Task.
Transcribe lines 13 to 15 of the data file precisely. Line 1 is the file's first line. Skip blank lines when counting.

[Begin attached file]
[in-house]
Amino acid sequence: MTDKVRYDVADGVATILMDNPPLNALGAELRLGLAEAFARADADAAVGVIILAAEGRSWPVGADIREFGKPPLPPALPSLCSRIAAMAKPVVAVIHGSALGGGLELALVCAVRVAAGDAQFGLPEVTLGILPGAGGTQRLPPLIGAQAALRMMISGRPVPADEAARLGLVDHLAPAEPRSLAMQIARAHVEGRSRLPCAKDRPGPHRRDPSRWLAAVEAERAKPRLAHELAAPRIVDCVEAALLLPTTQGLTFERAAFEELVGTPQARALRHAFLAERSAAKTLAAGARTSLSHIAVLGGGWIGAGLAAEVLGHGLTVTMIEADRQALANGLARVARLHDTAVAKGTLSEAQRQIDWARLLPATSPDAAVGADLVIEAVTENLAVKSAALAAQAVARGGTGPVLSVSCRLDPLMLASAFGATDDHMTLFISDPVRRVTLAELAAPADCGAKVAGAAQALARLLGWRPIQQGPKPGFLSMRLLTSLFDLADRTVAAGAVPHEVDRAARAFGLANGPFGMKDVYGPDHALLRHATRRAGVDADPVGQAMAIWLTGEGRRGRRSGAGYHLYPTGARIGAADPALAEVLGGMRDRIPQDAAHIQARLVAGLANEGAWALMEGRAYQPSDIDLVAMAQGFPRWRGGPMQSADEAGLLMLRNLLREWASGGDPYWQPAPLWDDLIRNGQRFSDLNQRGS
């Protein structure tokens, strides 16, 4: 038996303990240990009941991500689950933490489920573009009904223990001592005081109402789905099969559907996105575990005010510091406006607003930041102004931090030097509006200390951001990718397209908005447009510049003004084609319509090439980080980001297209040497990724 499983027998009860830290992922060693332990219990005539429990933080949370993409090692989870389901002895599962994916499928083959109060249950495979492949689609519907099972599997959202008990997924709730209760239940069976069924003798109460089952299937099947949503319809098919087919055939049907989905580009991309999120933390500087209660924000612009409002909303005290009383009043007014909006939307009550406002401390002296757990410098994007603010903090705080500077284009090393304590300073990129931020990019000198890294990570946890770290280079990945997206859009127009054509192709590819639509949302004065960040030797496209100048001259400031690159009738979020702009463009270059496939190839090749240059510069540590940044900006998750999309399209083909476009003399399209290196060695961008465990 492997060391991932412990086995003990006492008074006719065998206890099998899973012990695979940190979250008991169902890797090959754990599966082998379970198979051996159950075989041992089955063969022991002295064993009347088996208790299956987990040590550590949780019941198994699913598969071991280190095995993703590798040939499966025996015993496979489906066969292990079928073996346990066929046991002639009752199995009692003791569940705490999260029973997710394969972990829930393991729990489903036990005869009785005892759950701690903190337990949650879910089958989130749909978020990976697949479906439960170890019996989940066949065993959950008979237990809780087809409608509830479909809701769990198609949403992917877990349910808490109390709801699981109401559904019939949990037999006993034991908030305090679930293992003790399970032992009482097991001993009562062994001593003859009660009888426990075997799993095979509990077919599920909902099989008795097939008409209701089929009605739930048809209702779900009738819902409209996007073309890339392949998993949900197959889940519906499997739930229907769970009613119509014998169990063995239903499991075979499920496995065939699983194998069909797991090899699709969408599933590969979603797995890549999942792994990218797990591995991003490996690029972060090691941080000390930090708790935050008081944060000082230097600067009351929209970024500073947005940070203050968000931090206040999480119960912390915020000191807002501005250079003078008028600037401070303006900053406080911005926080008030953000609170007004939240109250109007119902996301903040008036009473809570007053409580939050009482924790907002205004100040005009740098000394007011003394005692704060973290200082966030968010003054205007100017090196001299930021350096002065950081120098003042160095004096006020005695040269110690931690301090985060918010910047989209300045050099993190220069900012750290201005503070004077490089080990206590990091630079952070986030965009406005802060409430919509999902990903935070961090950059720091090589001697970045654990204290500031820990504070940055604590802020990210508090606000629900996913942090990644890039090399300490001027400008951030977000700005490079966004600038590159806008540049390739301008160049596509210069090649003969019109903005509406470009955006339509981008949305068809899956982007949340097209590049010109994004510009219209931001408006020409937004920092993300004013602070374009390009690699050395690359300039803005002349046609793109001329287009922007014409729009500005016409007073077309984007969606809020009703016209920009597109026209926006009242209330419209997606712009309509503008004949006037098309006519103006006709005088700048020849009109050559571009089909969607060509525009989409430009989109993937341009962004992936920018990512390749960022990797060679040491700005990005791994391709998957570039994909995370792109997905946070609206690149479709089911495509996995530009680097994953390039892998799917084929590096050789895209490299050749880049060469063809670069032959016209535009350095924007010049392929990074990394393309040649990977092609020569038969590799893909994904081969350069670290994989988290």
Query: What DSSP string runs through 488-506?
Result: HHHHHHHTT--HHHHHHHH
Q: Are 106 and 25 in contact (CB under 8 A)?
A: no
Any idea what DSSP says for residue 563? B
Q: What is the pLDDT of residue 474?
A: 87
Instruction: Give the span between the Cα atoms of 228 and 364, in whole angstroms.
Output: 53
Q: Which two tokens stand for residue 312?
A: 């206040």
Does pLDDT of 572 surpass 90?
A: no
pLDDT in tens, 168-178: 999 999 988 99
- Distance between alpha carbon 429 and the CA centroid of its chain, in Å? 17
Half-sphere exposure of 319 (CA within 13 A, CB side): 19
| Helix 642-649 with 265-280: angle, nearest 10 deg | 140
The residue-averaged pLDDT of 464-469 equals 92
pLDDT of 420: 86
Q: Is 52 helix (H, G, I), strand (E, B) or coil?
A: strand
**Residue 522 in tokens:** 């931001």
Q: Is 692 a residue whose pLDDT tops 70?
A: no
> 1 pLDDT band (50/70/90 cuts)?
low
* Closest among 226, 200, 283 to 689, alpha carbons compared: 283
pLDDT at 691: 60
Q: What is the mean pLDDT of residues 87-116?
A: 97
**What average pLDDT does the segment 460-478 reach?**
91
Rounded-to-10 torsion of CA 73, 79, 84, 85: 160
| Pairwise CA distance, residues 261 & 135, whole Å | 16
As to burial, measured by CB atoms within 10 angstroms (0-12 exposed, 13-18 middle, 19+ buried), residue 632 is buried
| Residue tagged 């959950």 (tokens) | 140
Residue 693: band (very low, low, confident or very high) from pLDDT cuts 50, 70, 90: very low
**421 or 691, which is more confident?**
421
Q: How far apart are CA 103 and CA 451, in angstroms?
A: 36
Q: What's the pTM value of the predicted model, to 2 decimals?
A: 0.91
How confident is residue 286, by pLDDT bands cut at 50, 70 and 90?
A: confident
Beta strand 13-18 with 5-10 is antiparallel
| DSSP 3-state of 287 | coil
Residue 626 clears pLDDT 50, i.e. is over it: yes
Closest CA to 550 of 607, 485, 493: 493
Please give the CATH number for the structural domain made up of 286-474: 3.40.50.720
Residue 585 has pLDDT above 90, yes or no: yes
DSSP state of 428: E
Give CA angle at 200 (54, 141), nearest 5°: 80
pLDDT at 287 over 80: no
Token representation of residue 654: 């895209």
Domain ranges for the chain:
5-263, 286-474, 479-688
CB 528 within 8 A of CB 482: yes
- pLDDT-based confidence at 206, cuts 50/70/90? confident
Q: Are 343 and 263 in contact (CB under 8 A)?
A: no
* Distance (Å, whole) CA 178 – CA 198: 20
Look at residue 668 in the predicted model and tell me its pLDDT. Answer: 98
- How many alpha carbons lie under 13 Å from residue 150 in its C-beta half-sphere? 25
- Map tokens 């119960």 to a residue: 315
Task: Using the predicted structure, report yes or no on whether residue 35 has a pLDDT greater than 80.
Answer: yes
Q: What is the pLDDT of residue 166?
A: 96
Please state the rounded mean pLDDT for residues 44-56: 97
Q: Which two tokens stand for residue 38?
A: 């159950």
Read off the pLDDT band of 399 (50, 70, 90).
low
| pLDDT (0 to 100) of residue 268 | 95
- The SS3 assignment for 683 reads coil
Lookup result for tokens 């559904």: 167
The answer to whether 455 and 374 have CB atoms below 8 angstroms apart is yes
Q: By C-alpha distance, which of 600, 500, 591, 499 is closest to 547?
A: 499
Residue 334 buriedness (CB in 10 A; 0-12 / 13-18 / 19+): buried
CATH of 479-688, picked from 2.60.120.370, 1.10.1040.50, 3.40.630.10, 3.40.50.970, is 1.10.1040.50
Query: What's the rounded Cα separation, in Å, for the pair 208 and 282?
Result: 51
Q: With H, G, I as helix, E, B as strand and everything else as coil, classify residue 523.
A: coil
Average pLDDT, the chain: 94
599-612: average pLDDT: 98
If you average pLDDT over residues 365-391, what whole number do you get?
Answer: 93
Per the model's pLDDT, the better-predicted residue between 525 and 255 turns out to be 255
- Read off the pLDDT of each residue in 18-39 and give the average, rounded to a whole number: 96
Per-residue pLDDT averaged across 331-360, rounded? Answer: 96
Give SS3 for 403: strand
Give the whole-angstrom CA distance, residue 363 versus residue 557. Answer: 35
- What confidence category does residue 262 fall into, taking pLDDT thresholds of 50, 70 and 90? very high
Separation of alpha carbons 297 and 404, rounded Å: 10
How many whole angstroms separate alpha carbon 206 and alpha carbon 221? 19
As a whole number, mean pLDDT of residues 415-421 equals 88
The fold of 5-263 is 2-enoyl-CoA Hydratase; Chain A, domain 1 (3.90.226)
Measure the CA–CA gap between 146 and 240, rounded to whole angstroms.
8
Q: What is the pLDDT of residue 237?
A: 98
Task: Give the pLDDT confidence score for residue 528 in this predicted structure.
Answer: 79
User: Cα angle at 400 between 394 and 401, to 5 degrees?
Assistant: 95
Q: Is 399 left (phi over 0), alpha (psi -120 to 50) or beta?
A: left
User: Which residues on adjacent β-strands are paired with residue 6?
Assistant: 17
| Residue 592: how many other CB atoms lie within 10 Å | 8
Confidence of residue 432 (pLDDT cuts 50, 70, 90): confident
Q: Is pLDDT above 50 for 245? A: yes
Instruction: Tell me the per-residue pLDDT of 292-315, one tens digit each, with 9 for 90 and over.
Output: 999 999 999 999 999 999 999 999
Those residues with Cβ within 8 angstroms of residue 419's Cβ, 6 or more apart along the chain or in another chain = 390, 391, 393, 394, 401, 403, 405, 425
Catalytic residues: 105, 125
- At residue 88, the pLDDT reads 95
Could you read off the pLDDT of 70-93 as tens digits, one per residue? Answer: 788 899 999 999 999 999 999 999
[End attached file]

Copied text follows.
Q: Which two tokens stand for residue 312?
A: 């206040």
Does pLDDT of 572 surpass 90?